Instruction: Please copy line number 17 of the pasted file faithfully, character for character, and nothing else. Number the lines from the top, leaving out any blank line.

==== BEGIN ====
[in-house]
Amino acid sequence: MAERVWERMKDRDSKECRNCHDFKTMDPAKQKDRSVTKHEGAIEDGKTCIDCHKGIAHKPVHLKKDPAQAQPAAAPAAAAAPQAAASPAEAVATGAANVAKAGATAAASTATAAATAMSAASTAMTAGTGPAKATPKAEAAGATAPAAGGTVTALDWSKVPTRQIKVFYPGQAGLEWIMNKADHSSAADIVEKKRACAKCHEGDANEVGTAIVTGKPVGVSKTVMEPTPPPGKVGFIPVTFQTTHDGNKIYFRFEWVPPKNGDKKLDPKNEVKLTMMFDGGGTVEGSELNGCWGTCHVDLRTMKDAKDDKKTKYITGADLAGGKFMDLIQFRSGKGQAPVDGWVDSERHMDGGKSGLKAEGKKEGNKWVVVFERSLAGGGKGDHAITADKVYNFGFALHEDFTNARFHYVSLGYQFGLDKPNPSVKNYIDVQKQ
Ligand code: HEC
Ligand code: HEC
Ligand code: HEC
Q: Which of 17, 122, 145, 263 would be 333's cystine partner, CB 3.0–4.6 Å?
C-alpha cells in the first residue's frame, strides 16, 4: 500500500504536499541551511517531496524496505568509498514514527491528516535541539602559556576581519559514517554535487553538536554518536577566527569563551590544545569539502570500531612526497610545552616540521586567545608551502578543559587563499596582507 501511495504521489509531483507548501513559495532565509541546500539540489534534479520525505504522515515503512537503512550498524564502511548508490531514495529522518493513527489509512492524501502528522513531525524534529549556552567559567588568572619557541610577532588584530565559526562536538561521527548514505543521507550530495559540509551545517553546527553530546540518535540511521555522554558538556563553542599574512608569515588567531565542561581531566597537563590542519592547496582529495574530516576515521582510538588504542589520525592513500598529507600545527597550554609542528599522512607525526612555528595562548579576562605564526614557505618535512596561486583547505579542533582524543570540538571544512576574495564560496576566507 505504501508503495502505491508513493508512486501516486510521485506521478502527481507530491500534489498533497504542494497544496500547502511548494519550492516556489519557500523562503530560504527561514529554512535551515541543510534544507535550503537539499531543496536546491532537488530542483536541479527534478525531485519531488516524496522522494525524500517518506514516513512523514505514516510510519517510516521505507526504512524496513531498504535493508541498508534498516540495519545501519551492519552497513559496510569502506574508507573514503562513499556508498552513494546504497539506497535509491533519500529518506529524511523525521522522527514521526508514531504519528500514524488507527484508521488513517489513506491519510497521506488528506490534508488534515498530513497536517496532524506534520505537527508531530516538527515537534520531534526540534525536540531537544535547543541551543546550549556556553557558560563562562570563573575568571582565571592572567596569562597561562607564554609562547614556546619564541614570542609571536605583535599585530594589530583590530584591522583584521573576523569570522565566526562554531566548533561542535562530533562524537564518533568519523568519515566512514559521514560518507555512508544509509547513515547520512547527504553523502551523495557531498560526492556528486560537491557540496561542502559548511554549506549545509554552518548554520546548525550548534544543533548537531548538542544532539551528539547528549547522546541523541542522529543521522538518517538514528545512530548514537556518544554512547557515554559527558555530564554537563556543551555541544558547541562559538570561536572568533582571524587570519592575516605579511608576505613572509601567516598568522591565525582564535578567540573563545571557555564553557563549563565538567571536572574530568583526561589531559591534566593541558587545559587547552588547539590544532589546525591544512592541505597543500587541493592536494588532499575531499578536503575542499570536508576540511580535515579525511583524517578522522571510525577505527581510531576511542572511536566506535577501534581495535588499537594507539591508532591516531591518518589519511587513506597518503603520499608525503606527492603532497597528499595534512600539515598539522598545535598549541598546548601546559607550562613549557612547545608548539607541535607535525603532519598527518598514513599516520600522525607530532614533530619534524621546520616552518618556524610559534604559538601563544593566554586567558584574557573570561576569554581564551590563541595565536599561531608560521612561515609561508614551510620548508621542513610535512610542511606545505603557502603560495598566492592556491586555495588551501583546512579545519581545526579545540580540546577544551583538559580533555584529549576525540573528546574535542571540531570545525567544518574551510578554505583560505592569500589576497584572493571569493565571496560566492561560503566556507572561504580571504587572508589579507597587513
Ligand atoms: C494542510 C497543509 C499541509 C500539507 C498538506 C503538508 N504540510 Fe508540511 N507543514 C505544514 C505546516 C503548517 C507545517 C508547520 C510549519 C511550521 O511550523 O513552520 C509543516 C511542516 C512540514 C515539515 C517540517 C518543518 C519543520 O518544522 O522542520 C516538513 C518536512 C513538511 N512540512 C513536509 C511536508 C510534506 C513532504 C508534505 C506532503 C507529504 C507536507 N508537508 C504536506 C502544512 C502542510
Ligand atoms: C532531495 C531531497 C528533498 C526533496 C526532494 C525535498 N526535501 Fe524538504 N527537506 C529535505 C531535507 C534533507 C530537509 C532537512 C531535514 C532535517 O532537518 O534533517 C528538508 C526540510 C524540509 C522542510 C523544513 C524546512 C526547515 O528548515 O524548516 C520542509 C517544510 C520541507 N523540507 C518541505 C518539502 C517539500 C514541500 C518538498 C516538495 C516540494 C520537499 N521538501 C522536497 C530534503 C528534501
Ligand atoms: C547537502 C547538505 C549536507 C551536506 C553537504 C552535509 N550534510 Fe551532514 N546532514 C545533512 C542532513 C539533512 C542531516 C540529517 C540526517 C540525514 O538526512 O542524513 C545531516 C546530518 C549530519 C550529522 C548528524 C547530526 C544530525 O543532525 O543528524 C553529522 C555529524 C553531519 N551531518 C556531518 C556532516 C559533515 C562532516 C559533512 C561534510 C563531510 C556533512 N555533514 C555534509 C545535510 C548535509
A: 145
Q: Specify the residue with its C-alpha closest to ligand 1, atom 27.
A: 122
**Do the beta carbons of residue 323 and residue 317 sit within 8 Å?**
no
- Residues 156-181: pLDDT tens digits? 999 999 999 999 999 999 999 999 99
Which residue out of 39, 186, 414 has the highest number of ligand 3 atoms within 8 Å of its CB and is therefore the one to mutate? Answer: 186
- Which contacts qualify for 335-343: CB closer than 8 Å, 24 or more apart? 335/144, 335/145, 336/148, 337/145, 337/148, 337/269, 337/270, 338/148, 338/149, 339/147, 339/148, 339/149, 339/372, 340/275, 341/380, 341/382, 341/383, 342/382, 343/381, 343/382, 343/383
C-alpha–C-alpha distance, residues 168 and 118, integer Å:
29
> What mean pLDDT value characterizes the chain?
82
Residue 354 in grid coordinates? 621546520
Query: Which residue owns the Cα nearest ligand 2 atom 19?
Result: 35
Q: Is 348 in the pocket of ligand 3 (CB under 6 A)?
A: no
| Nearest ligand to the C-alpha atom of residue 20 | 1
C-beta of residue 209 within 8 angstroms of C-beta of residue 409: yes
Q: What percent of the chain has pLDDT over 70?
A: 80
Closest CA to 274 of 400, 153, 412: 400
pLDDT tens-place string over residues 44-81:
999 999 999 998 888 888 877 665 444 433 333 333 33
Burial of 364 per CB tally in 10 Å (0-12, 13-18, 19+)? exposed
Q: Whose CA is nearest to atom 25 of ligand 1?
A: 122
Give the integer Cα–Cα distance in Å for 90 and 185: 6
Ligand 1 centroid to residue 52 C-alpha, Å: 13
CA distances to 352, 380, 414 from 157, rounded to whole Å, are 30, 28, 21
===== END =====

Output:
Which residue out of 39, 186, 414 has the highest number of ligand 3 atoms within 8 Å of its CB and is therefore the one to mutate? Answer: 186